Problems In Joint Tenancy, Right Of Survivorship And Community Property

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Jones came to see me following the death of her husband because she wanted help on the distribution of his property. She had gone to her bank or investment company to withdraw one of her CDs (certificates of deposit) in the name of both her and her hubby. Although the account is at both their brands, it didn’t identify right of survivorship. That is the first problem with joint tenancy: The fact that the right of survivorship is present just because both names can be found on the document; the possession must show a right of survivorship actually. If you own real estate, you may be familiar with joint tenancy property.

That’s the benefit to what’s known as right of survivorship. It eliminates probate on the death of the first spouse. Listen closely; Revocable Living Trusts can treatment issues that are natural with joint tenancy of property, rights of survivorship, and community property. Although some social people use joint tenancy to avoid probate, the issues associated with wills and the probate process can meet up with them still. However, property in joint tenancy doesn’t avoid probate in both of these events: a common disaster in which both parties are killed or after the death of the next spouse.

In both instances, the possessions must proceed through probate. Only a revocable living trust bypasses the delays and costs of probate. Next, she presented three deeds to her residence. The first deed showed that she and her hubby had owned the house as joint tenants with right of survivorship. However, in 1981, they had transferred the house out of their brands to a third party and then back into their titles.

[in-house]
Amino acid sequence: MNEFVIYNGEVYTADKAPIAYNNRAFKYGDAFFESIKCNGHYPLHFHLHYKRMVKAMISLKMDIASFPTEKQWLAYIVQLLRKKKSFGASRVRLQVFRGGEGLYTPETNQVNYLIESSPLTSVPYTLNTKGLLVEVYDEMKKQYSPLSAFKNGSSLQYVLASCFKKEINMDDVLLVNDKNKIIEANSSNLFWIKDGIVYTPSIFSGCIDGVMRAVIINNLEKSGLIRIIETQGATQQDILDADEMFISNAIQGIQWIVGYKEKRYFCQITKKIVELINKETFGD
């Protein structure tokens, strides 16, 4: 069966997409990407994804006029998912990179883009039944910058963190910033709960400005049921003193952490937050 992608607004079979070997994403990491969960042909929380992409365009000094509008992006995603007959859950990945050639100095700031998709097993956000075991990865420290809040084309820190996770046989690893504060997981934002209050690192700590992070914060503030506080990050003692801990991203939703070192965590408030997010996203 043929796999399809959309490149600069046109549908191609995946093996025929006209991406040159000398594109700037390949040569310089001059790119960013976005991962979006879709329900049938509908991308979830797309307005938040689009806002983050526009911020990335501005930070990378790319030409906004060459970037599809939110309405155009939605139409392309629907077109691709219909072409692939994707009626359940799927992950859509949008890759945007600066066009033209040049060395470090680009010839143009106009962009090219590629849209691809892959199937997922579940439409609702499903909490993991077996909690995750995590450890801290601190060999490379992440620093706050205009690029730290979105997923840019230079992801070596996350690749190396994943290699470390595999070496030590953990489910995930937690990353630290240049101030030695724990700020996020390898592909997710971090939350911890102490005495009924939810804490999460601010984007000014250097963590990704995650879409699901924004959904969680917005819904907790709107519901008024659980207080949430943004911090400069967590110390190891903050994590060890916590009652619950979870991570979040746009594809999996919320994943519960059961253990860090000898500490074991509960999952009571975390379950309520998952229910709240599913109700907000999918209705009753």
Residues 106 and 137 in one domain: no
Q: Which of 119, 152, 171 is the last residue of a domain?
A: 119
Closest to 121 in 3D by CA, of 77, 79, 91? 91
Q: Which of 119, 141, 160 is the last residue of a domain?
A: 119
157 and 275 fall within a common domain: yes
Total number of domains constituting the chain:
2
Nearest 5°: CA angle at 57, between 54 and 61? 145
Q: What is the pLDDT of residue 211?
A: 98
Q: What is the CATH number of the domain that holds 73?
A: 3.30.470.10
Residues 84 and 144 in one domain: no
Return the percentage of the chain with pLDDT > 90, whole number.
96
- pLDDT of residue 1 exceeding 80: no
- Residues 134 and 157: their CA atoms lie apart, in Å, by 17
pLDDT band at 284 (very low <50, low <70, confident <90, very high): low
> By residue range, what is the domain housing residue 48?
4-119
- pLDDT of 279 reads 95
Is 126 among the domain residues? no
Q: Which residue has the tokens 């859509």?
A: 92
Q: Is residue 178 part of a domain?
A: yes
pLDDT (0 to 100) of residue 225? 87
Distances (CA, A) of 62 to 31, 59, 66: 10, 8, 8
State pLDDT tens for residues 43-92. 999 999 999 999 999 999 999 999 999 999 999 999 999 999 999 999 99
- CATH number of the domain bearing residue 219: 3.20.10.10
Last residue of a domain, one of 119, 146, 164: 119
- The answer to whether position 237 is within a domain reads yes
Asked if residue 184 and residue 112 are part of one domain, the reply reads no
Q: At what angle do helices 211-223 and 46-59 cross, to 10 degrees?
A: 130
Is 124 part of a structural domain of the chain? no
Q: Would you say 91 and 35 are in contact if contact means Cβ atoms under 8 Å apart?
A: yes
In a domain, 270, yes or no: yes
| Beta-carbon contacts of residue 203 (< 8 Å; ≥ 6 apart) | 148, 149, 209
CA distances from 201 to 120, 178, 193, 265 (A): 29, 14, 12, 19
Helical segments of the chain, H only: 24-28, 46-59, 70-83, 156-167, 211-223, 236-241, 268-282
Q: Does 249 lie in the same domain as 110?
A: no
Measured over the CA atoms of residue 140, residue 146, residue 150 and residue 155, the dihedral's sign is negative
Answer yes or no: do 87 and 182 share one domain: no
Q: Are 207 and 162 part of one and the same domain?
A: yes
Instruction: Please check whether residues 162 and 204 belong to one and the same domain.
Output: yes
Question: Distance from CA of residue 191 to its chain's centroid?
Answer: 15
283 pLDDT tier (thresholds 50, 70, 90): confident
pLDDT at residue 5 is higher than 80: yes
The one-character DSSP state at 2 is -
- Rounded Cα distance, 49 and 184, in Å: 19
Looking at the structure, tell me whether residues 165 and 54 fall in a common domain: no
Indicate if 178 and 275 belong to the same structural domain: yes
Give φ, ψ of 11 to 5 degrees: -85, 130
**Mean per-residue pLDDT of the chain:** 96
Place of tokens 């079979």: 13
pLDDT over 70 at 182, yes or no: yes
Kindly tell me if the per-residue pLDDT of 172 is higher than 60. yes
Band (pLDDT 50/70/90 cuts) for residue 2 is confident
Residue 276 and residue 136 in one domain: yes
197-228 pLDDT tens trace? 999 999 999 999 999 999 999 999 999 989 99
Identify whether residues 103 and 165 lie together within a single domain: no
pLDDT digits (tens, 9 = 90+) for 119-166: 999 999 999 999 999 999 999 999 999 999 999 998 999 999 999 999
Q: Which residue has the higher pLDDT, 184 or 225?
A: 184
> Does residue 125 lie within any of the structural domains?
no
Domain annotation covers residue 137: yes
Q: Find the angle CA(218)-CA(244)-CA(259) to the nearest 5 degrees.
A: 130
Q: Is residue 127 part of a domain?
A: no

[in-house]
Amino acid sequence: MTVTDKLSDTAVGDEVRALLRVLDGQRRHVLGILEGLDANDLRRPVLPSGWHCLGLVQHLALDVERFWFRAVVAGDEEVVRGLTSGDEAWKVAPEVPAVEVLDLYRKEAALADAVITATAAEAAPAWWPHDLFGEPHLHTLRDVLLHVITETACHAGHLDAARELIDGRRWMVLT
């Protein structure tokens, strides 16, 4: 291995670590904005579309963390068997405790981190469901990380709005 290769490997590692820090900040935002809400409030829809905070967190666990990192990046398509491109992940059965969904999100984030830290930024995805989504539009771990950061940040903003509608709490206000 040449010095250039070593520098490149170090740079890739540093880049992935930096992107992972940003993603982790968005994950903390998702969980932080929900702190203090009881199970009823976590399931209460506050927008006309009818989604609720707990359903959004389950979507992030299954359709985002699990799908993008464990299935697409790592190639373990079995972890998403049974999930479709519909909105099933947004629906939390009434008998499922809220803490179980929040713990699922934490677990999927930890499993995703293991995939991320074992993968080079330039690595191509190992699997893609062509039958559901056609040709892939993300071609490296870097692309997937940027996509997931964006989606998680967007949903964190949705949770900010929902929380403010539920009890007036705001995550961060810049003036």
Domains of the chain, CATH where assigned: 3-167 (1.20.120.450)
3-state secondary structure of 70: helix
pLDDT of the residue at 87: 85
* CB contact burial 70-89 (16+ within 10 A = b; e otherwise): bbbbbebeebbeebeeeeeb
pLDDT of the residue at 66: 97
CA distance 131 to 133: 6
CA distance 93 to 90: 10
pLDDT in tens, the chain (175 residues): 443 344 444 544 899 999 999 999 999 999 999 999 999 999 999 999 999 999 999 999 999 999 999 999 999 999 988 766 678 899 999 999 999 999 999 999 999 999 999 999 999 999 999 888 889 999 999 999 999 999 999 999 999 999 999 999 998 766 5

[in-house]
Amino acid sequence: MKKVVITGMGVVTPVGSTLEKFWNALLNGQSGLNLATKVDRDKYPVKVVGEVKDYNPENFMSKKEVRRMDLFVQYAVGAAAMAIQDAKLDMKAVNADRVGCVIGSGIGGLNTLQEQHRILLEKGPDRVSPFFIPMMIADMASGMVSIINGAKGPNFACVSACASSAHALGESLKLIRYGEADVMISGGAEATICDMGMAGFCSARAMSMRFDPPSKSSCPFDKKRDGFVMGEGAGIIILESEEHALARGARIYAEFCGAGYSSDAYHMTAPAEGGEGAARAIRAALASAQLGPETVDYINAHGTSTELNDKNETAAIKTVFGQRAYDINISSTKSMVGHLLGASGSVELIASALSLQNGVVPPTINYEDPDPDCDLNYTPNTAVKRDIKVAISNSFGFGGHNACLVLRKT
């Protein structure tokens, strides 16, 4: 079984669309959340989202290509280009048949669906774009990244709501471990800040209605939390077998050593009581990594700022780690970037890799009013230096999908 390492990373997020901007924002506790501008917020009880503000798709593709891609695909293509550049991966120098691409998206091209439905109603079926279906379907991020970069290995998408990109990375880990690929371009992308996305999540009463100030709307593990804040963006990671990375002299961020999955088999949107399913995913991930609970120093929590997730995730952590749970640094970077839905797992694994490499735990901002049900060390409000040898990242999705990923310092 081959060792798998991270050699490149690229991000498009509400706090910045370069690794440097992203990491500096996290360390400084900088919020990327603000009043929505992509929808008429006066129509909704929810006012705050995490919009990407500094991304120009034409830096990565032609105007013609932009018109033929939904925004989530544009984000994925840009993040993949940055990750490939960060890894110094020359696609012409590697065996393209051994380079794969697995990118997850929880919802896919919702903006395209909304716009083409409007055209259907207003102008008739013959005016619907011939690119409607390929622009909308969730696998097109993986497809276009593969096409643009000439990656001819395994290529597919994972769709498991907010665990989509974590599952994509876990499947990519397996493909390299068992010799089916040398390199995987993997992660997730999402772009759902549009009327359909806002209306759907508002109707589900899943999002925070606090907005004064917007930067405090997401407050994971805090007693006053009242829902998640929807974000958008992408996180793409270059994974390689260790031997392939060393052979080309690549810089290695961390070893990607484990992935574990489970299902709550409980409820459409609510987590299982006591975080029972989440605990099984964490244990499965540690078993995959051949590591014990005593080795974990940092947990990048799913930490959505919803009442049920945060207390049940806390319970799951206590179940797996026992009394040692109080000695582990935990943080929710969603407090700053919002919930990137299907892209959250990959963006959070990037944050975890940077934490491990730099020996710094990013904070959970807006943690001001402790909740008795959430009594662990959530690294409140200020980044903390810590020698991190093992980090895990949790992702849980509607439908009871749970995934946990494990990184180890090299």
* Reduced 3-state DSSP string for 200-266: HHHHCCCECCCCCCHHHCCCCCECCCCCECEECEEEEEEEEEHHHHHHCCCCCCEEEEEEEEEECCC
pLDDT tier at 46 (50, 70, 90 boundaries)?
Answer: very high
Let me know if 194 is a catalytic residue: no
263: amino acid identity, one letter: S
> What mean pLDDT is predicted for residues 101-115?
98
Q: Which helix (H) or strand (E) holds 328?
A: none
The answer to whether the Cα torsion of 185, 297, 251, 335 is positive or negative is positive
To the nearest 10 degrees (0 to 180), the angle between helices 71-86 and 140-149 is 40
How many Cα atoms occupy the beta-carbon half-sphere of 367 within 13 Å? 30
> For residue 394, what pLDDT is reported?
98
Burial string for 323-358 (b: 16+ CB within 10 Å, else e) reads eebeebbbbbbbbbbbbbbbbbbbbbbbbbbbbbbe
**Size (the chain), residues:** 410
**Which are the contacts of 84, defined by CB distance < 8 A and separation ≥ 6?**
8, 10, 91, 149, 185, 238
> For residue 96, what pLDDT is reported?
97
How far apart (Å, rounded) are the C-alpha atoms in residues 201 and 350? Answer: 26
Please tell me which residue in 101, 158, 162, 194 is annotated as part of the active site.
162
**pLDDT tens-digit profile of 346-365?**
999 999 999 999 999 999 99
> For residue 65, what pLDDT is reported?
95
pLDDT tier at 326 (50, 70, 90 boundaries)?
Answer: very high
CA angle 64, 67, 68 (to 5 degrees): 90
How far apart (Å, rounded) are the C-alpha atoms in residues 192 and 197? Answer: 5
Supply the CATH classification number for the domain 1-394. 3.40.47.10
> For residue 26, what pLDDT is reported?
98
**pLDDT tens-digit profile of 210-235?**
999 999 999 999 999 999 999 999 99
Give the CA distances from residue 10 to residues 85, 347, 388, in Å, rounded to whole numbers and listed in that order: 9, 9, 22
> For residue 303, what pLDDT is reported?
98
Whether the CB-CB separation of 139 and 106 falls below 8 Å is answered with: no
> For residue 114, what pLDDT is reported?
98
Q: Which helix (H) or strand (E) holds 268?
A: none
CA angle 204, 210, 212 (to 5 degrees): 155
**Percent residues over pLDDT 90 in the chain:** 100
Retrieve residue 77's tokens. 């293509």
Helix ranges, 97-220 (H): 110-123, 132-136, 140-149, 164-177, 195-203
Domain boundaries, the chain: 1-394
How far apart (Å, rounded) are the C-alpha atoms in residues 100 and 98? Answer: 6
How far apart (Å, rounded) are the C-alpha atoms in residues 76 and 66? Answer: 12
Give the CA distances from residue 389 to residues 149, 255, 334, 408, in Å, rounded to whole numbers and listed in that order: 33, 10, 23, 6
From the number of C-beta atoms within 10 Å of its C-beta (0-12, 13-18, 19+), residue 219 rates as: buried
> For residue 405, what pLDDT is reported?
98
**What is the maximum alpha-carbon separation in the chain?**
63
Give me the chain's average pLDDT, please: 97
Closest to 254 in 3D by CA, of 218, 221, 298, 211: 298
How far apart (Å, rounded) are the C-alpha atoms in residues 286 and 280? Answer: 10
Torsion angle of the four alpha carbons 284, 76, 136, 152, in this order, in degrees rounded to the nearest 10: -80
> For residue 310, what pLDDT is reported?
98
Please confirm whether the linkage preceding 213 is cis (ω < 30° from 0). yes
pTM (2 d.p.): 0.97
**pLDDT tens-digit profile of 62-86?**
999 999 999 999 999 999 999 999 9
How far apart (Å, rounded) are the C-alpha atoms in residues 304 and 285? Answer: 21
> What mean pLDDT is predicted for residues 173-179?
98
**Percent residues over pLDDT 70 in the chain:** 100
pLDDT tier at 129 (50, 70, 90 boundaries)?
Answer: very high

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Unfortunately, they moved the property as community property back. Mrs. Jones did not remember much about the transfer. She only knew that, in 1981, she and her husband became in an investment they thought might raise the size of their estate. To lessen capital gains taxes on another sale, their attorney had recommended they take their property out of joint tenancy and title it as community property. The couple hadn’t realized that community property doesn’t avoid probate.

The attorney must have suggested they use a revocable living trust. Currently, a new method to hold title is available: community property with right of survivorship. It’s uncomfortable to tell a widow that her recently deceased husband’s property now owned half of her residence. We had to probate this estate to transfer half of the residence to her, the only heir of the estate.

I was pleased for Mrs. Jones that her case got the shortest timeframe I’d experienced to complete a probate: only five and a half months. Mrs. Jones came back to see me following the probate process was completed. She was determined that, upon her death, all her assets could be distributed to her children and never have to go through probate.